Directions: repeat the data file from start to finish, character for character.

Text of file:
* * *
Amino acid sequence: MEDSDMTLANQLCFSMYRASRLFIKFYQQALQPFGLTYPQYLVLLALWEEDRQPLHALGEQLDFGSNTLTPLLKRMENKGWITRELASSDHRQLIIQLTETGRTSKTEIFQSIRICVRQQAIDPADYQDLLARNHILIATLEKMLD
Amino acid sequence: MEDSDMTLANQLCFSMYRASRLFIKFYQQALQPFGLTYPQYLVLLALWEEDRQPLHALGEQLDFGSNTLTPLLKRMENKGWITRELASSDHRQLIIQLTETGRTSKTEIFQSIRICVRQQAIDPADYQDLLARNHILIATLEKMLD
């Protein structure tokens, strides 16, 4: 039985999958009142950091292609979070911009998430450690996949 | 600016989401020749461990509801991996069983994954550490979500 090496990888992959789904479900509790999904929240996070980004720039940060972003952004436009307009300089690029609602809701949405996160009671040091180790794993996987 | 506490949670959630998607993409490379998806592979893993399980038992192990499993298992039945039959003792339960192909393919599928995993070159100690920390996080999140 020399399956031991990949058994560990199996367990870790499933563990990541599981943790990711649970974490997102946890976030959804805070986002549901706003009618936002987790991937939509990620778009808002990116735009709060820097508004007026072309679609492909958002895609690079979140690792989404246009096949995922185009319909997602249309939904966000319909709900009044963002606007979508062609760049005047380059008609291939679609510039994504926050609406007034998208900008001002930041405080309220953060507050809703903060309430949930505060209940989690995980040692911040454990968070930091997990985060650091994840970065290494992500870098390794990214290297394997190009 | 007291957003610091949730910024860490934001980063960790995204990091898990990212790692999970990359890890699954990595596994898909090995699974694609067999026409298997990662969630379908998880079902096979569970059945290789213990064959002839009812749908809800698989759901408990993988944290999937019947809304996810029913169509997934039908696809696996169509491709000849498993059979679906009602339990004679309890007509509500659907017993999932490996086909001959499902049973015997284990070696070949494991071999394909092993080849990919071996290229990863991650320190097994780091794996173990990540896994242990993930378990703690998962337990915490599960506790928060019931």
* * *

Amino acid sequence: MEDSDMTLANQLCFSMYRASRLFIKFYQQALQPFGLTYPQYLVLLALWEEDRQPLHALGEQLDFGSNTLTPLLKRMENKGWITRELASSDHRQLIIQLTETGRTSKTEIFQSIRICVRQQAIDPADYQDLLARNHILIATLEKMLD
Amino acid sequence: MEDSDMTLANQLCFSMYRASRLFIKFYQQALQPFGLTYPQYLVLLALWEEDRQPLHALGEQLDFGSNTLTPLLKRMENKGWITRELASSDHRQLIIQLTETGRTSKTEIFQSIRICVRQQAIDPADYQDLLARNHILIATLEKMLD
């Protein structure tokens, strides 16, 4: 039985999958009142950091292609979070911009998430450690996949 | 600016989401020749461990509801991996069983994954550490979500 090496990888992959789904479900509790999904929240996070980004720039940060972003952004436009307009300089690029609602809701949405996160009671040091180790794993996987 | 506490949670959630998607993409490379998806592979893993399980038992192990499993298992039945039959003792339960192909393919599928995993070159100690920390996080999140 020399399956031991990949058994560990199996367990870790499933563990990541599981943790990711649970974490997102946890976030959804805070986002549901706003009618936002987790991937939509990620778009808002990116735009709060820097508004007026072309679609492909958002895609690079979140690792989404246009096949995922185009319909997602249309939904966000319909709900009044963002606007979508062609760049005047380059008609291939679609510039994504926050609406007034998208900008001002930041405080309220953060507050809703903060309430949930505060209940989690995980040692911040454990968070930091997990985060650091994840970065290494992500870098390794990214290297394997190009 | 007291957003610091949730910024860490934001980063960790995204990091898990990212790692999970990359890890699954990595596994898909090995699974694609067999026409298997990662969630379908998880079902096979569970059945290789213990064959002839009812749908809800698989759901408990993988944290999937019947809304996810029913169509997934039908696809696996169509491709000849498993059979679906009602339990004679309890007509509500659907017993999932490996086909001959499902049973015997284990070696070949494991071999394909092993080849990919071996290229990863991650320190097994780091794996173990990540896994242990993930378990703690998962337990915490599960506790928060019931």